Lurid Tale with Some Literate Pretensions
Release Date: February 09, 2007
Starring: Gaspard Ulliel, Gong Li, Rhys
Ifans, Dominic West, Kevin
McKidd, and Richard Brake
Audience: Older teenagers and adults
Runtime: 116 minutes approximately
Distributor: MGM/Sony Pictures
Director: Peter Webber
Executive Producer: None
Producer: Dino De Laurentiis, Martha De
Laurentiis and Tarak Ben Ammar
Writer: Thomas Harris
Address Comments To:Dan Taylor, President
Harry Evans Sloan, Chairman/CEO
Clark Woods, President of Distribution
MGM Studios Inc.
(A privately held company of Sony Pictures Entertainment)
10250 Constellation Blvd.
Los Angeles, CA 900067
Phone: (310) 449-3000
Fax: (310) 449-8819
This new movie tells how Hannibal's parents were killed in Lithuania during World War II when he was a boy as the Red Army was driving Hitler's National Socialist troops out of the Baltic States. Hannibal and his little sister, Mischa, are trapped in a frozen cabin near their family's castle. A small group of starving Nazi sympathizers finds the isolated cabin and decides to kill the two children and eat them (they are surrounded by the Red Army). Hannibal escapes this gruesome fate, but not Mischa.
Eight years later, Hannibal escapes from the Soviet Communist orphanage that has taken over his family castle. He goes to France to find an uncle, but when he gets there, he finds his uncle is dead and has left his beautiful Asian wife, Lady Murasaki, in charge of his nice estate. She kindly shelters Hannibal, but Hannibal is bent on revenge against the men who murdered his sister. He also takes out his anger by brutally murdering a butcher who insulted his aunt.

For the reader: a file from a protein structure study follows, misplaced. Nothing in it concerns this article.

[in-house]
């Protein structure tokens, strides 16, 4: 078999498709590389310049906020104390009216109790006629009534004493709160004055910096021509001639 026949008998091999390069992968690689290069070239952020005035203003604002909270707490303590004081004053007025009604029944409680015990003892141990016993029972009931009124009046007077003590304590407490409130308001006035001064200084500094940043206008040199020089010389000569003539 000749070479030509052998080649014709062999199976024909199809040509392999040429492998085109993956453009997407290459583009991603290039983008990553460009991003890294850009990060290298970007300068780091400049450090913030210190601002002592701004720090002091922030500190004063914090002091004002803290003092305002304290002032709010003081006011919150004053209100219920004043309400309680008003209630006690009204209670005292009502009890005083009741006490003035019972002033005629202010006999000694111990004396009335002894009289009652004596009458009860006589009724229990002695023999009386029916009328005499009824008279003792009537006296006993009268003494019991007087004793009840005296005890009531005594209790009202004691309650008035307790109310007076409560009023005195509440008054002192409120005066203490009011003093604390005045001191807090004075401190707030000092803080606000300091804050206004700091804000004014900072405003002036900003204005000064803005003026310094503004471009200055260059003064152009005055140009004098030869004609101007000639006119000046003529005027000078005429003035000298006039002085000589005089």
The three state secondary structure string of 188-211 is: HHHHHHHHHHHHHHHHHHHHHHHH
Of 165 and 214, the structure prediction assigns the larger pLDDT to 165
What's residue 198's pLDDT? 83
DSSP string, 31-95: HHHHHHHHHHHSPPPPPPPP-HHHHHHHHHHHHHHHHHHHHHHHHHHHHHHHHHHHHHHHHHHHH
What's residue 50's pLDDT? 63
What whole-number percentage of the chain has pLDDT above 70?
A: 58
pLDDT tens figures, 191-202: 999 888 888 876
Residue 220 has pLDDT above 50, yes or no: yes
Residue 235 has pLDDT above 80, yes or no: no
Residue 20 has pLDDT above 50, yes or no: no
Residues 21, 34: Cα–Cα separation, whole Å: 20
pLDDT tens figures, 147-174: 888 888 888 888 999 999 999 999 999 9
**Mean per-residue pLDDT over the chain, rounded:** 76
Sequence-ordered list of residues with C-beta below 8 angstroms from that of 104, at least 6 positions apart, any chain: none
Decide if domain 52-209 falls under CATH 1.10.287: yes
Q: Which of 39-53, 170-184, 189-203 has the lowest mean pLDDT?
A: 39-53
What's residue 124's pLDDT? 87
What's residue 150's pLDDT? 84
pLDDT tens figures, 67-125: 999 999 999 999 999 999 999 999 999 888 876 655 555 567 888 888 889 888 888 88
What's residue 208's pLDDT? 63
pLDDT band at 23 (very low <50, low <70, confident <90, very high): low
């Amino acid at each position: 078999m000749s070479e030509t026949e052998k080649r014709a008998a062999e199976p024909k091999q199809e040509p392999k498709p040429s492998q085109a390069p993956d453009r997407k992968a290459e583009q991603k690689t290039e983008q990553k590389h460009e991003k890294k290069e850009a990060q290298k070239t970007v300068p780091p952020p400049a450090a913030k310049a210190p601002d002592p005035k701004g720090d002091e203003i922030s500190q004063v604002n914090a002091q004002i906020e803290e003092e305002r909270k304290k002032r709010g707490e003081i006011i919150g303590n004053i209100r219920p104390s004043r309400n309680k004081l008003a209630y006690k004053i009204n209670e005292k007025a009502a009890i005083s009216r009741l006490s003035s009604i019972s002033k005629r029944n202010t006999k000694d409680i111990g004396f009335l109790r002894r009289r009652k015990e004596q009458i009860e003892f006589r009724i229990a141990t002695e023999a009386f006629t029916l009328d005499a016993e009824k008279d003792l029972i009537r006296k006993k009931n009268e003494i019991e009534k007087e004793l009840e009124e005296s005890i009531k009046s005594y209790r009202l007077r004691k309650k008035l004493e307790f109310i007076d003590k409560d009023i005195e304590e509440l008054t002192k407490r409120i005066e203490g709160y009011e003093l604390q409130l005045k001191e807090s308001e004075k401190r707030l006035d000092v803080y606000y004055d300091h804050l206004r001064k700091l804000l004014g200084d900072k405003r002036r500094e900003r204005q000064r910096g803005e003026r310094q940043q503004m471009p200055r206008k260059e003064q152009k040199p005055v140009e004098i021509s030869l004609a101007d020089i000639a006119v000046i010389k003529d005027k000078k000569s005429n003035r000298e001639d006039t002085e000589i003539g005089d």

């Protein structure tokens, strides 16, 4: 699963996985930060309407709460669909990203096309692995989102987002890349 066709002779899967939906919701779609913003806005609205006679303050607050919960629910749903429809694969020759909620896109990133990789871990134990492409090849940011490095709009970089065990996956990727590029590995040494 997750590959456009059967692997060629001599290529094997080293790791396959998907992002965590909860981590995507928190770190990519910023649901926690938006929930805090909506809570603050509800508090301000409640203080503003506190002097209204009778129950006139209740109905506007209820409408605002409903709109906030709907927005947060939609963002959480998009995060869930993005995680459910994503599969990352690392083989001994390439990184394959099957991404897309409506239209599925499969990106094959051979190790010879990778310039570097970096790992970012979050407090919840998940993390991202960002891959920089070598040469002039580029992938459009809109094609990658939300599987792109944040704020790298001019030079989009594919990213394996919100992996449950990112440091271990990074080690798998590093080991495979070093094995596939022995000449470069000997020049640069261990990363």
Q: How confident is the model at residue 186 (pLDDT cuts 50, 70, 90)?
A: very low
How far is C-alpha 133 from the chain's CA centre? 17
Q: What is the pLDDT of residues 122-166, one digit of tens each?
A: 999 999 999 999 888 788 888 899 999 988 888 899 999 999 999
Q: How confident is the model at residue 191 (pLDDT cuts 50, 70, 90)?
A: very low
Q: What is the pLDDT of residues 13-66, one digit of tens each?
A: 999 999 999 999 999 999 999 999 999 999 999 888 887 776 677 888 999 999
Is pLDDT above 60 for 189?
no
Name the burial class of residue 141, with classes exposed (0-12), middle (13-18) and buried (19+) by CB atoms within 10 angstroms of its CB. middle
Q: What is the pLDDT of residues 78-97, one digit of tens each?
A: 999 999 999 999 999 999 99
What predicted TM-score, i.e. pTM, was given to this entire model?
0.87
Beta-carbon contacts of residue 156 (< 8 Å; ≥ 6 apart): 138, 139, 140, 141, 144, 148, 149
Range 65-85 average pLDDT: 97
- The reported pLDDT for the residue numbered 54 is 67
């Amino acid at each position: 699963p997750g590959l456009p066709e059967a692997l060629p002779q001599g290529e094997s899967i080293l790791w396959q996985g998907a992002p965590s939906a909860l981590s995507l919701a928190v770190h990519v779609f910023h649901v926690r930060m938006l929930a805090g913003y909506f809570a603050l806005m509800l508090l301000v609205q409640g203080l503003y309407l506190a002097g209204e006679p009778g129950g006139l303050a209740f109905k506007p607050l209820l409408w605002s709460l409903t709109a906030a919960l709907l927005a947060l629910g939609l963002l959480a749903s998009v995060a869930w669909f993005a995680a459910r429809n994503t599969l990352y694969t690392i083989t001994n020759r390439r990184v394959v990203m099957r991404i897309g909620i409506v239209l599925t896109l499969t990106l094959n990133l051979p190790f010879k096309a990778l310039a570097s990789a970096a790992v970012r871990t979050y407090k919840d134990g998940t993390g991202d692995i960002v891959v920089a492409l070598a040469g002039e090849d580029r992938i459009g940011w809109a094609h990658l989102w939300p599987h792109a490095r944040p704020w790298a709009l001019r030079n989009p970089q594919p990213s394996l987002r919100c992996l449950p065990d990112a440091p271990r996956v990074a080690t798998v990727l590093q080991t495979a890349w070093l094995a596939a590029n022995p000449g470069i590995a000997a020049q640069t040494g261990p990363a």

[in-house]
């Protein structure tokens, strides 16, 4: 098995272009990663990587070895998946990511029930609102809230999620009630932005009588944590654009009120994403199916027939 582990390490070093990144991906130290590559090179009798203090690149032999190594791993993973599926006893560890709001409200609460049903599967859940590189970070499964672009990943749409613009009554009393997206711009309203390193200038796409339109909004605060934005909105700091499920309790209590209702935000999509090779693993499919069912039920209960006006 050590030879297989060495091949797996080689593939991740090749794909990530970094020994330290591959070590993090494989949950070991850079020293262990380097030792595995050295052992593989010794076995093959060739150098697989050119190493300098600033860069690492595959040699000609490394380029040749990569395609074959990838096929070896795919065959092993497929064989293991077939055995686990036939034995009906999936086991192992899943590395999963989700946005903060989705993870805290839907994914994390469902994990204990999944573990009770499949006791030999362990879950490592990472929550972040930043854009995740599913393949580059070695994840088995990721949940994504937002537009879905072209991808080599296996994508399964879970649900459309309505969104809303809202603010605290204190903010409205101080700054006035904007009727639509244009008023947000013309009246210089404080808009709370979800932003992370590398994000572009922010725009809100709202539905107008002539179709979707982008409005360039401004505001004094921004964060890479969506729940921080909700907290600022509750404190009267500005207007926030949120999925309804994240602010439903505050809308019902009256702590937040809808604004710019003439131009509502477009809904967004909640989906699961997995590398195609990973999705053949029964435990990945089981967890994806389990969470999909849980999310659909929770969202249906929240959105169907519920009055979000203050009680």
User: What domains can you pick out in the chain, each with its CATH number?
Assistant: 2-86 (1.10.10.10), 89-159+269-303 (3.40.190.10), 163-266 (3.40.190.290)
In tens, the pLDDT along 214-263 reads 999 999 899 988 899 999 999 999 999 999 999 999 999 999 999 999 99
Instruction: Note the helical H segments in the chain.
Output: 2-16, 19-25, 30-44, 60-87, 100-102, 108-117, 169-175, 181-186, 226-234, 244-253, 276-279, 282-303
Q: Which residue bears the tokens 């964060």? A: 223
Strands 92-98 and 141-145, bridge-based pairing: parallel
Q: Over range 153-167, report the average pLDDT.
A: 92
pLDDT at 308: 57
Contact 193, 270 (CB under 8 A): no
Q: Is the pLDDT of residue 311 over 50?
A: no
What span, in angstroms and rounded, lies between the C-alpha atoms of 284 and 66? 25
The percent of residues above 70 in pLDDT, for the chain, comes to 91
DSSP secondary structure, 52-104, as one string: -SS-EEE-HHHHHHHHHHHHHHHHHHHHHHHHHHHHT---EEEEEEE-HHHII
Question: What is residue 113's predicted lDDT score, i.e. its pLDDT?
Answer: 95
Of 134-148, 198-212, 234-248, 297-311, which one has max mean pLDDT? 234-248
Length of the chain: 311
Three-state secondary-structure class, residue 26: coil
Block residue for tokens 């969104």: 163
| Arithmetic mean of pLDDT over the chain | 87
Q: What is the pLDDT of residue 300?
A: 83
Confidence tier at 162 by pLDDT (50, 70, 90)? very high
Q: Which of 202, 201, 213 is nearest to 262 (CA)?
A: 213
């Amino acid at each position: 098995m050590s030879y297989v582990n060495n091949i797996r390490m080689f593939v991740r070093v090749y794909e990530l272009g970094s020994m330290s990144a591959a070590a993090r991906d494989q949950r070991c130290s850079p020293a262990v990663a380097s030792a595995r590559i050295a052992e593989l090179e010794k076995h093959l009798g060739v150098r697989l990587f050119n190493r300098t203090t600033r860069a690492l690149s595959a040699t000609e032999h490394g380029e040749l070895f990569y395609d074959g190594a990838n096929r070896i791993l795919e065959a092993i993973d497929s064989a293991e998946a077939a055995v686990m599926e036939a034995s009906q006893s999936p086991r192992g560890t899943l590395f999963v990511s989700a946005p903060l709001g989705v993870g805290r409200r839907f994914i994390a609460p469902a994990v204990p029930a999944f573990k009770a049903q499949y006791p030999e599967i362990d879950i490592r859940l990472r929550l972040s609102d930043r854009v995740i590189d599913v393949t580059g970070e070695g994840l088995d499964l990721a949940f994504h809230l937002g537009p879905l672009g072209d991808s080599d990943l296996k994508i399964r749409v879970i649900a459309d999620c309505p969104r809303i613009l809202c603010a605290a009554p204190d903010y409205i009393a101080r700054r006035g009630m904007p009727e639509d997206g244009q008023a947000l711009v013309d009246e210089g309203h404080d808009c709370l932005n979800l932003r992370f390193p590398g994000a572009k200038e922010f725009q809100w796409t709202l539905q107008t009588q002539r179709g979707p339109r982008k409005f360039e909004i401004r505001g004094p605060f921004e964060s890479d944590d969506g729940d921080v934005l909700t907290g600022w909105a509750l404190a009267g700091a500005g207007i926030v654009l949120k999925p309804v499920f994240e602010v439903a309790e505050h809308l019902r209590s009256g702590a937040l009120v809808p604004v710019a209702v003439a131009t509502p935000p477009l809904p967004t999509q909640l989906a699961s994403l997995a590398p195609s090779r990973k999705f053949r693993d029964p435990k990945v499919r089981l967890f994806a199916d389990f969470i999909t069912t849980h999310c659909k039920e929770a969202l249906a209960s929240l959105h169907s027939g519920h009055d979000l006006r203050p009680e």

Eventually, by the late 1950s, Hannibal discovers that the men he wants are living comfortably in France, where they own a couple businesses while, at the same time, they run a criminal white slave trade of imprisoned young women. After a couple murders by Hannibal, the remaining men discover who's after them. They take action against Hannibal while a police inspector tries to solve the murders and put Hannibal behind bars. Of course, in this movie, Hannibal always cannibalizes a part of his victims, as a symbolic act of revenge for his sister.
HANNIBAL RISING creates sympathy for Hannibal because of what happened to his sister. There are, however, several moments where Hannibal is called a monster and where the policeman and his aunt advise him against revenge and in favor of letting the police obtain justice for his sister. In one climactic scene, his aunt urges him to forgive the men who killed Mischa, but Hannibal yells, "Never!" The movie also contains brief anti-Communist content showing some of the oppressive nature of the Soviet Union's control over Eastern Europe. Thus, the movie takes a stand against the monstrosities of our modern, so-called "enlightened" age. All of this gives the movie a literate tone.
Even so, however, when you come right down to it, HANNIBAL RISING is a lurid tale of murder, cannibalism and revenge. The violence is excessive and, at times, gruesome, and there is brief foul language. Finally, there is some romantic tension between Hannibal and his widowed aunt by marriage, who is older than he.
HANNIBAL RISING takes a stand against the monster that Hannibal has become and against his gruesome plan of revenge. Still, this is a lurid tale of murder, cannibalism and revenge. The violence is excessive and, at times, gruesome, and there is brief foul language. Also, there is some romantic tension between Hannibal and his widowed aunt by marriage, who is older than he.